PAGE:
How to Give
Outright Gifts / Cash
Restricted and unrestricted gifts made by cash, check, or credit card are the most common forms of donation. Generally tax-deductible in the year in which it is made, your cash gift can be put to work immediately.
Charitable contributions of stocks, bonds, and other appreciated securities may provide you a maximum tax benefit. Typically deductible at the market value on the date gifted, your contribution of securities allows you to avoid capital gains tax on any appreciation. Click here for more information.
Gifts from Donor-Advised Funds and Family Foundations
Increasing numbers of donors are finding that donor-advised funds and foundations provide flexibility for their overall philanthropic activities. Click here for more information.
Real Estate or Tangible Personal Property
Gifts of property made without restriction as to resale are generally accepted by Westfield State. Under tax laws, gifts of real and tangible property (including jewelry, art, antiques, gold, historical documents and equipment) deemed acceptable by the University and the Foundation receive fair market value. The donor is responsible for securing a qualified appraisal for all gifts of real estate and tangible personal property. State, federal, and IRS regulations apply. Click here for more information.
Many public and private companies match their employees’ contributions to higher education. You might double or even triple the value of your gift to Westfield State University. To release these funds, you must initiate a process with your or your spouse’s employer.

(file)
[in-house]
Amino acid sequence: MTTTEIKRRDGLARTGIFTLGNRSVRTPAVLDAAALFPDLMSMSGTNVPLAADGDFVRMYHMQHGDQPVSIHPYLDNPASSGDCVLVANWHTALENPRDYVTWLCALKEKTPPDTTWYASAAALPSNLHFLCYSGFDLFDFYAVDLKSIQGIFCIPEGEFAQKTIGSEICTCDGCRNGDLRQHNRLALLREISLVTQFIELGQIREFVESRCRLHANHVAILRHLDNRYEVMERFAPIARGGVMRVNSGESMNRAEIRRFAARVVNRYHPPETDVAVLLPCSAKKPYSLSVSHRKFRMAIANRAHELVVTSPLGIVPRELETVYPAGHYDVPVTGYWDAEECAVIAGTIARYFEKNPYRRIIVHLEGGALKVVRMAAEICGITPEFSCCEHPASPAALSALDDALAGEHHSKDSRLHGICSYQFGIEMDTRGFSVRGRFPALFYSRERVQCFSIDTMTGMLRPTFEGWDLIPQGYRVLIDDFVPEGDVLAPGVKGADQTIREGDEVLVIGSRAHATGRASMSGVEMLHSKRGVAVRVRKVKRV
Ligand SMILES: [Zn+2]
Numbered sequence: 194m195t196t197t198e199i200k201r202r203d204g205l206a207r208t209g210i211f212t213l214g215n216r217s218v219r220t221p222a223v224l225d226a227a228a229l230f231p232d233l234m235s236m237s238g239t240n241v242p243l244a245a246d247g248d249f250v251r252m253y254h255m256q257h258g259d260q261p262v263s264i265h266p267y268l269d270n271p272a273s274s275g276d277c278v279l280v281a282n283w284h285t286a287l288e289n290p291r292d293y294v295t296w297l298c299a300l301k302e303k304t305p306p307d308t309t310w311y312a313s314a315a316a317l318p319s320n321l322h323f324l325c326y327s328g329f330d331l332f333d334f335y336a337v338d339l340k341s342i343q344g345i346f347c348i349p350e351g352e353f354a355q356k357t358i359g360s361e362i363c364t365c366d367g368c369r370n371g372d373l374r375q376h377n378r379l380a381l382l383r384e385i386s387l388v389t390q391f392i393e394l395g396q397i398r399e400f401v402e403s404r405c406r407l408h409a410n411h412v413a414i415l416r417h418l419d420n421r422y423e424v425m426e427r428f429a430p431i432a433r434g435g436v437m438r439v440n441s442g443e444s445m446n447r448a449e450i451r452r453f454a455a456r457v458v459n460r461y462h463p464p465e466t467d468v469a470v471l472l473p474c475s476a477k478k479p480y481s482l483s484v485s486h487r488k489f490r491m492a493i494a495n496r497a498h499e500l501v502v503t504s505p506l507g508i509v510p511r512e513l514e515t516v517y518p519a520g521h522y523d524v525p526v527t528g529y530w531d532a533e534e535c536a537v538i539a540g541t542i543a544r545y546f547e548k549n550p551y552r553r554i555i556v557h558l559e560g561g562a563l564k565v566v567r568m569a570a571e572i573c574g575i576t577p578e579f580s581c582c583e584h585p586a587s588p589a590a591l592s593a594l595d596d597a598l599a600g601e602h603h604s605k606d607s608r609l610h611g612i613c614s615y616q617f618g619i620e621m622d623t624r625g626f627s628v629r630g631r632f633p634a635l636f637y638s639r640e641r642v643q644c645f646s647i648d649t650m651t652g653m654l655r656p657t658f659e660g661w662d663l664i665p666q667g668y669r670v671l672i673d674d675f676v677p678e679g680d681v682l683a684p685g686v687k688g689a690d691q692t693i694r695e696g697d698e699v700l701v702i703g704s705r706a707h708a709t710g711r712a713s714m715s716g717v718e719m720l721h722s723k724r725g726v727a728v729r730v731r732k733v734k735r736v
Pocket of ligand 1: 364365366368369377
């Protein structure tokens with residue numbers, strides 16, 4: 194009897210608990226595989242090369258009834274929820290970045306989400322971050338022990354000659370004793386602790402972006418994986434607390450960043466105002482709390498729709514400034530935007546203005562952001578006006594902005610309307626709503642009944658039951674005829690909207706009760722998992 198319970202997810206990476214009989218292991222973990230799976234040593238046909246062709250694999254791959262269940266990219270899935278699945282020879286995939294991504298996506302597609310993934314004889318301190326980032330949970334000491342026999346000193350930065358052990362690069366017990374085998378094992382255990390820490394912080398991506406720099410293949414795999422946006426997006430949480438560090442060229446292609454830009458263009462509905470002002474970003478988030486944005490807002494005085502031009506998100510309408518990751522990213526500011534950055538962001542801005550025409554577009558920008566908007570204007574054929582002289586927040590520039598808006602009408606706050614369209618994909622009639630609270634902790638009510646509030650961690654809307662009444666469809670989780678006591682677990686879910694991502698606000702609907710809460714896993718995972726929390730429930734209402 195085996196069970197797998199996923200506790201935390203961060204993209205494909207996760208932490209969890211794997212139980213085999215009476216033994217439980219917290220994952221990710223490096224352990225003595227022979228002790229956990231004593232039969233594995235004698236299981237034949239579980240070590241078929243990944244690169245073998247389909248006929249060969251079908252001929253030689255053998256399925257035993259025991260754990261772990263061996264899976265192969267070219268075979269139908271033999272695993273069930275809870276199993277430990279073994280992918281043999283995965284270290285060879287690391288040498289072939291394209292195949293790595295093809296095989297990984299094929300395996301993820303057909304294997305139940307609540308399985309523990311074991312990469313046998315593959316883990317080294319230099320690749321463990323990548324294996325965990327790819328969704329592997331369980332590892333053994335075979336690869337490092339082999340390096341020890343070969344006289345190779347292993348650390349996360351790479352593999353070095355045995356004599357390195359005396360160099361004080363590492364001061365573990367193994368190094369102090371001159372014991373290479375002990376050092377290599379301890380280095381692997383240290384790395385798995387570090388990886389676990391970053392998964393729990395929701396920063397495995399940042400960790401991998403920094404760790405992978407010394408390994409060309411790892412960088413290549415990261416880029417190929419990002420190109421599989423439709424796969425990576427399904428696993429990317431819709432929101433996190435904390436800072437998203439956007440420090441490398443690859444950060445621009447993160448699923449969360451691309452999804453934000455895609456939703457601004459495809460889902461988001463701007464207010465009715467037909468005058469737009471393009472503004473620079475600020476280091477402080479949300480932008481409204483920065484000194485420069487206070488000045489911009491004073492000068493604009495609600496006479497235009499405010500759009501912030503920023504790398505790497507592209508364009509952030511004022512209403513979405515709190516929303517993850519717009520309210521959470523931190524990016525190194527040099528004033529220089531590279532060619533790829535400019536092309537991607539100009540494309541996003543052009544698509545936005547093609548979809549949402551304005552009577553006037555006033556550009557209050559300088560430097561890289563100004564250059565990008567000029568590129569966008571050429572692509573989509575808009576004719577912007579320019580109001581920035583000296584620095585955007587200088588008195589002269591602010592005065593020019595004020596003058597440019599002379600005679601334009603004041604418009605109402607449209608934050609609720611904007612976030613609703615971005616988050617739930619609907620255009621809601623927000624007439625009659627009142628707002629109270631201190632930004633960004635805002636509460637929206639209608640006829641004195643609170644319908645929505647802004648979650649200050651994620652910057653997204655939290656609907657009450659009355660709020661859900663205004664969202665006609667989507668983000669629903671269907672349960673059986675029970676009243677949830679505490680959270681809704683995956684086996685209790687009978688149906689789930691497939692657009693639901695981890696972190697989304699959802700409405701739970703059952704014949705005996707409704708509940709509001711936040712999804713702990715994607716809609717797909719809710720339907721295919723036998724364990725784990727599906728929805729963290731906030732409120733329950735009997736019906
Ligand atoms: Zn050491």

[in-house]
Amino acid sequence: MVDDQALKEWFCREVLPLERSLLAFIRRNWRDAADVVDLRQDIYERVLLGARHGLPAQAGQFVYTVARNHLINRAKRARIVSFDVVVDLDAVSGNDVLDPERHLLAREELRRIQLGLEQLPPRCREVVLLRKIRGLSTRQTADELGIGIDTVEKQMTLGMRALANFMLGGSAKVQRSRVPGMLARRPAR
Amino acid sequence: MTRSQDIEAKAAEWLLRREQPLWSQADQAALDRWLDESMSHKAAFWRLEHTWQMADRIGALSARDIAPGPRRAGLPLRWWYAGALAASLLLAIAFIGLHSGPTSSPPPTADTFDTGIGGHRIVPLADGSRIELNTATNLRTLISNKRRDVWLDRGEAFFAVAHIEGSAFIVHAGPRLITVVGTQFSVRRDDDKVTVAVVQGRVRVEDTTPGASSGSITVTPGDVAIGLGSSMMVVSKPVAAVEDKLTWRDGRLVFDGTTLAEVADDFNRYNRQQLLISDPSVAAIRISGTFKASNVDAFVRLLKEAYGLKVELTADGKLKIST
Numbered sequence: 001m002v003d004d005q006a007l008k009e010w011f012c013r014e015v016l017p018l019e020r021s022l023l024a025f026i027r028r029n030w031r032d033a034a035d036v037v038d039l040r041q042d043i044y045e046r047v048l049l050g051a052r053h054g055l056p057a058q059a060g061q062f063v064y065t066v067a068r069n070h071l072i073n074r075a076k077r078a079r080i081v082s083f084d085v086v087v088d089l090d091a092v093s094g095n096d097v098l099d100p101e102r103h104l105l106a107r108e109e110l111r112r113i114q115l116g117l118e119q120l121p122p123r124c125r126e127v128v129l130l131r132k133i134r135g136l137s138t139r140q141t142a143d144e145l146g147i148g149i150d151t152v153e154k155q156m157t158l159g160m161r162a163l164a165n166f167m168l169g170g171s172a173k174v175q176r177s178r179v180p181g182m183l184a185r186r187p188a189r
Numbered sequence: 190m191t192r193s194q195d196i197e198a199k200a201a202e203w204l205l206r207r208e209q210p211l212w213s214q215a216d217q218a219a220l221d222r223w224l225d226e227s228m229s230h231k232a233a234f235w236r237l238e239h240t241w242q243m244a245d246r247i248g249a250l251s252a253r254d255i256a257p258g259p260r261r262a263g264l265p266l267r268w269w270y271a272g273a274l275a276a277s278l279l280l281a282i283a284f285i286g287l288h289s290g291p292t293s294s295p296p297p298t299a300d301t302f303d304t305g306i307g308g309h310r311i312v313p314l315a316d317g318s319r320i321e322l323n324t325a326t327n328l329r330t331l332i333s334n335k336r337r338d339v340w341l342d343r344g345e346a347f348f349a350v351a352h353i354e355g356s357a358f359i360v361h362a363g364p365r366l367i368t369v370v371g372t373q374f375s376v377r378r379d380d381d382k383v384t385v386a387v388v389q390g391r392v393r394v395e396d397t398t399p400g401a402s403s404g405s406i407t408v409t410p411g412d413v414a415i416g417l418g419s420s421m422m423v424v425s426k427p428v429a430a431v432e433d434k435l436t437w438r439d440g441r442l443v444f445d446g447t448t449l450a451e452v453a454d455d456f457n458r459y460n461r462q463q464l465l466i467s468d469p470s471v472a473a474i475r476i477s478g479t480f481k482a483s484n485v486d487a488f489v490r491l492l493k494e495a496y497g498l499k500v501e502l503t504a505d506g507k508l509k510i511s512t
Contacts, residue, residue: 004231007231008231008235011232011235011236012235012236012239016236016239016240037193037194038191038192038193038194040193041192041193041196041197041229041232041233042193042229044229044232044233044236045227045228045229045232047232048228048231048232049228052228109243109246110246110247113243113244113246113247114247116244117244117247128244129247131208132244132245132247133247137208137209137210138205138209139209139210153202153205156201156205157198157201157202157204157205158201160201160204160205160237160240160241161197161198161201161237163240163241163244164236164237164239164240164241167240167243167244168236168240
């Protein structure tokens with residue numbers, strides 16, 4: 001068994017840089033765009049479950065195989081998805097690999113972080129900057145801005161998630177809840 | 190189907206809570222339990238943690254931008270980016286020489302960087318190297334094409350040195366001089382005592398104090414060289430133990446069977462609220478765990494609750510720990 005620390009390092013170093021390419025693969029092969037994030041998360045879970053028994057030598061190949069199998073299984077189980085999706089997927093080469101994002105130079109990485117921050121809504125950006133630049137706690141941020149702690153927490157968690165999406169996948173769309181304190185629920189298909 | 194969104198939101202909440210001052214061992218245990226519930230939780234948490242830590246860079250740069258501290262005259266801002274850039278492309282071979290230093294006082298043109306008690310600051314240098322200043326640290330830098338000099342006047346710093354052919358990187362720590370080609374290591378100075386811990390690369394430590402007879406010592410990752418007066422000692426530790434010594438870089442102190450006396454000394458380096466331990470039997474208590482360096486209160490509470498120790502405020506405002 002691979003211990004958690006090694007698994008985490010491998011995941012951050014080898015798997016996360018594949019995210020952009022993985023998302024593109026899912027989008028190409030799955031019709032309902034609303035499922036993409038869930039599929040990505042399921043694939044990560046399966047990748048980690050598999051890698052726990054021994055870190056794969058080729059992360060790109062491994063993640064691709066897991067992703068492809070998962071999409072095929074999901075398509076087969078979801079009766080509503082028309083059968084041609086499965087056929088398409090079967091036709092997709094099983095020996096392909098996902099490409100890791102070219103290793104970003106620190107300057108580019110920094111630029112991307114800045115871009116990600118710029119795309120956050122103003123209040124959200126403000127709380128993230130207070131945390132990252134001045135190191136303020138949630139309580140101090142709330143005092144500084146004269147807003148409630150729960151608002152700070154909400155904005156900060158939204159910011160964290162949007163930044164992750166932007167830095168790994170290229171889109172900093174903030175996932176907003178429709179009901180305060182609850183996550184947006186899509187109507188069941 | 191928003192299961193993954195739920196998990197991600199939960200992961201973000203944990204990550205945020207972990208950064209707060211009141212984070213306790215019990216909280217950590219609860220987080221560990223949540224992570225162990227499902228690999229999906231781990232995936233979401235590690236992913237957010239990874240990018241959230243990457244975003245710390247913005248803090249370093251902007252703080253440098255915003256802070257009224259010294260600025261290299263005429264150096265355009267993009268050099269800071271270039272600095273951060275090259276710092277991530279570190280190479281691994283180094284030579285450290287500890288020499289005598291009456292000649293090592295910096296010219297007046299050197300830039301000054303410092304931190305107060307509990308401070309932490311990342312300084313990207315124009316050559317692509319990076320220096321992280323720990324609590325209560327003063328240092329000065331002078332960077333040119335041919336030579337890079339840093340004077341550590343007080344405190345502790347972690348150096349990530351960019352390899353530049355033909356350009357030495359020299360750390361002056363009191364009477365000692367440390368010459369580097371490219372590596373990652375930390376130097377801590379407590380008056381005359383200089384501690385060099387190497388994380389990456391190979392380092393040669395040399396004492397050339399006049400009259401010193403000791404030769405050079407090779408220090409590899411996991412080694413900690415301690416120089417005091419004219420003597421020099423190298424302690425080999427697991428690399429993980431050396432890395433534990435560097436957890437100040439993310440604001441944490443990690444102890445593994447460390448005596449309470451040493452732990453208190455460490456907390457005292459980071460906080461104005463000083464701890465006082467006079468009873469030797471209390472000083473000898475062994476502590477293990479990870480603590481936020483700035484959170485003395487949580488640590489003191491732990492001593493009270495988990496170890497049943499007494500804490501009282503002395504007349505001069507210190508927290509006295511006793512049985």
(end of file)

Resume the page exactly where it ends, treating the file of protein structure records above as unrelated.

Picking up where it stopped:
Planned, Deferred, and Combination Gifts
Planned, deferred, and combination gifts offer donors an excellent opportunity to make major gifts while retaining some income from assets. Most of the previously mentioned ways of giving can also fund a charitable trust which retains income for a period of time (usually lifetime), after which the Westfield State Foundation may receive the assets. In some cases, a gift may be a combination of an outright gift and a trust to return income to the donor for a period of time. Click here for more information.
Remainder Interest in Personal Residence
This can be a vacation home or a principal residence. You may continue to live in the property after giving it to the University and still claim an income tax deduction equal to the present value of the interest given away.
In addition to being the most common form of planned giving, a bequest to Westfield State helps to insure the future of the University without affecting your current personal finances. Donors have many options in determining how to leave a bequest to provide for maximum estate tax charitable deductions and benefit to the University. Click here for more information.
Retirement Plan Gifts
Your retirement assets, accumulated over many years and invested in tax-deferred accounts, could ultimately be a large portion of your estate. You may wish to explore the benefit of designating the Westfield State Foundation as a primary or secondary (after your spouse) beneficiary on your retirement plans. Click here for more information.
Life insurance is a distinctive vehicle to use in making a planned gift. Naming Westfield State Foundation as a beneficiary assures the donor that an intended amount (or percentage) of money will go to the University. As long as the premium is paid up, the face amount will be paid. Note the difference between term insurance and whole life (universal life is another matter). Insurance can be beneficial to donors with large estates (and trusts) who wish to protect their assets for family and charity. Click here for more information.